Mapping Brutalist Architecture
Phaidon’s new book—’Atlas of Brutalist Architecture’—presents the most comprehensive survey to date of this ever-controversial building typology
In 2016, architecture and cultural writer Teddy Jamieson published an essay entitled: ‘Is it time to fall back in love with brutalist architecture?’. Phaidon’s new book ‘Atlas of Brutalist Architecture’ that was published on October 17 seems to answer with a resounding yes. With strikingly stylized black and white photography, this new publication charts more than 850 Brutalist buildings across nine continental regions and 100 countries.
Throughout it’s history Brutalism has been entangled with polarized opinions. Some call it’s bulky concrete and alien forms ugly and offensive, while others appreciate the rawness of these structures which strive towards utopian visions and social welfare.
The ‘Atlas of Brutalist Architecture’ marks the latest output in a recent explosion of interest in this iconic yet often scorned typology including MoMA’s current exhibition Toward a Concrete Utopia: Architecture in Yugoslavia, 1948–1980, Barnabas Calder’s book ‘Raw Concrete’ (2016), John Grindrod’s Concretopia (2013) and #SOSBrutalism database which had an exhibition at the Deutsches Architekturmuseum in Frankfurt (2017-2018) amongst many others.
The growing interest in Brutalist architecture likely stems from increasingly expensive housing in cities and the urgent need to re-imagine these urban spaces for the people. Brutalist architecture provides a sharp contrast to the glass and steel skyscrapers that seem to be springing up from the ground across the globe.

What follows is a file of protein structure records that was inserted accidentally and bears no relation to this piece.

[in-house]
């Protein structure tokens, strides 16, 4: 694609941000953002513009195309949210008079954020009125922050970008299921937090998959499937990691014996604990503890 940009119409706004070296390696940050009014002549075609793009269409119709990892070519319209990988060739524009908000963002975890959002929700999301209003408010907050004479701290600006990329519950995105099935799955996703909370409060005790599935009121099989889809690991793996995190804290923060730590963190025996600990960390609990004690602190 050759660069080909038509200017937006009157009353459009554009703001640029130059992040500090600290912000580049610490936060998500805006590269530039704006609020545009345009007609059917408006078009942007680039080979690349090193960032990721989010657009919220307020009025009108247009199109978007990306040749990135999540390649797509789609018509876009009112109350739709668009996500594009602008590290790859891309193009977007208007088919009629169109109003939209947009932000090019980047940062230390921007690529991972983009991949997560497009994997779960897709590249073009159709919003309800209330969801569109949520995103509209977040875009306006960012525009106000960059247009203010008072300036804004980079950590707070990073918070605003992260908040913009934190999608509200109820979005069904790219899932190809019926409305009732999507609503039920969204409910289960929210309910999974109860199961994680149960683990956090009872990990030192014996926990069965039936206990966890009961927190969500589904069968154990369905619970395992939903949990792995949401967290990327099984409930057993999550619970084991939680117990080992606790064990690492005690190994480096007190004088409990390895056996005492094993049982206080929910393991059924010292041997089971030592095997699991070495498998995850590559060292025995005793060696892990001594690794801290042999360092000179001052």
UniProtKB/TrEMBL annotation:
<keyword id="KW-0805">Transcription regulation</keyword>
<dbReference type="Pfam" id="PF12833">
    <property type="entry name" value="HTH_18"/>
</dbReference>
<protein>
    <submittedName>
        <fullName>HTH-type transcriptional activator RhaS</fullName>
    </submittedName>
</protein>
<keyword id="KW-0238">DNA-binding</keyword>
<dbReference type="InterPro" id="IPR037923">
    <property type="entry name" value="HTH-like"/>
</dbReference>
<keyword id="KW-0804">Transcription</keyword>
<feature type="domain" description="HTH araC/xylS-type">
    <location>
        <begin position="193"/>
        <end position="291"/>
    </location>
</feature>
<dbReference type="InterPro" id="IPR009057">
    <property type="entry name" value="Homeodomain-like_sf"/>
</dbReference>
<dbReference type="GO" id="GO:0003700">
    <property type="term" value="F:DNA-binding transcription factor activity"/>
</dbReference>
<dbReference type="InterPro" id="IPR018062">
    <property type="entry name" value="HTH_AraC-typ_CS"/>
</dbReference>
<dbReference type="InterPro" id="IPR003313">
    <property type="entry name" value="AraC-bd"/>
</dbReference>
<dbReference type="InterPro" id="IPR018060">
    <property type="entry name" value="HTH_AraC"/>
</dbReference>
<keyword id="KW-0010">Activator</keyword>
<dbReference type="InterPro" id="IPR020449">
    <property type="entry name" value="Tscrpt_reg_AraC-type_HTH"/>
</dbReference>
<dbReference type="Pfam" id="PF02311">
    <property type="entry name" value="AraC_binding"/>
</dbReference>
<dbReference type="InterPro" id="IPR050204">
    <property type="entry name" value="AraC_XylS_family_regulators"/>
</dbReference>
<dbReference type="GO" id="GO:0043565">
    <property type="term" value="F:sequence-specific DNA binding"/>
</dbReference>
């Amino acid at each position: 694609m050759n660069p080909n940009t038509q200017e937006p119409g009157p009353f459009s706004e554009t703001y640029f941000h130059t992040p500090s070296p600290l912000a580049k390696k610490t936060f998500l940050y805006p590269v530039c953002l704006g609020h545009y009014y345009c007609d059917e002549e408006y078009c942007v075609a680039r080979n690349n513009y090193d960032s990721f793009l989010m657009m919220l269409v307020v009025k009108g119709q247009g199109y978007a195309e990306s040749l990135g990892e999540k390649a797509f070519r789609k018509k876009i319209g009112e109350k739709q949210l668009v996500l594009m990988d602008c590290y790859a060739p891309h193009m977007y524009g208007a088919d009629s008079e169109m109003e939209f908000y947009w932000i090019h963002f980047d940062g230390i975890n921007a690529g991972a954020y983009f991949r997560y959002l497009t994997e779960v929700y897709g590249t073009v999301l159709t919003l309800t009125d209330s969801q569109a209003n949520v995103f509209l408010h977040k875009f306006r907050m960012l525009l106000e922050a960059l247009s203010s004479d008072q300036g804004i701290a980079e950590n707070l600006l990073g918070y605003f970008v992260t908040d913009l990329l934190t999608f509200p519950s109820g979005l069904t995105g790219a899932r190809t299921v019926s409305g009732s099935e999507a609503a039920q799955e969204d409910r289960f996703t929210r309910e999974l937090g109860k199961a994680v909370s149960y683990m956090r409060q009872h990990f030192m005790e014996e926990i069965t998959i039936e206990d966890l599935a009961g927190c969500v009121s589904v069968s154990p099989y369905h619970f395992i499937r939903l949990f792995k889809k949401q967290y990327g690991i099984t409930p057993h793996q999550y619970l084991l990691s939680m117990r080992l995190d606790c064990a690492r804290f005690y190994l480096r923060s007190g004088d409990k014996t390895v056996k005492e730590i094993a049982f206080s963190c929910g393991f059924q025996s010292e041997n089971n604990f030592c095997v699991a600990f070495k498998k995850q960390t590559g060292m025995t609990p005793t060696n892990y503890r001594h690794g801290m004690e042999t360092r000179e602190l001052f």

The atlas is the most comprehensive study of Brutalism to date and presents this architectural style as a truly global phenomenon. It explores Brutalism’s breadth and influence by cataloging existing and demolished buildings which range from the historical to the contemporary. Not only are traditional structures such as art galleries, museums, memorials, residences, religious buildings and music venues documented but the selection also includes the weird and wonderful places where Brutalism has popped up such as libraries, airports, zoos and nightclubs. This vast selection highlights the versatility and popularity of the Brutalist approach.
Like a classic atlas, the design of the book uses symbols to provide quick and easily digestible information about the buildings it charts such as condition, status and use. Given the massive scope of the book, each building is described through a concise text, acting like an appetizer from which readers can research further, should they so desire.
The significant volume features works by twentieth-century masters including Marcel Breuer, Lina Bo Bardi, Le Corbusier, Carlo Scarpa, Ernö Goldfinger, Frank Lloyd Wright, Louis Kahn, Oscar Niemeyer, and Paul Rudolph. Furthermore, the contemporary examples provided are a testament to the enduring appeal of this iconic style with featured projects by practitioners such as Peter Zumthor, Alvaro Siza, David Chipperfield, Diller and Scofidio, Herzog & de Meuron, OMA, Renzo Piano, Tadao Ando, and Zaha Hadid.
Cover image: Synagogue, Officers’ Training School, Zvi Hecker; Alfred Neumann, Mitzpe Ramon, Israel, 1968. Picture credit: Henry Hutter/Zvi Hecker Architect (page 453, upper)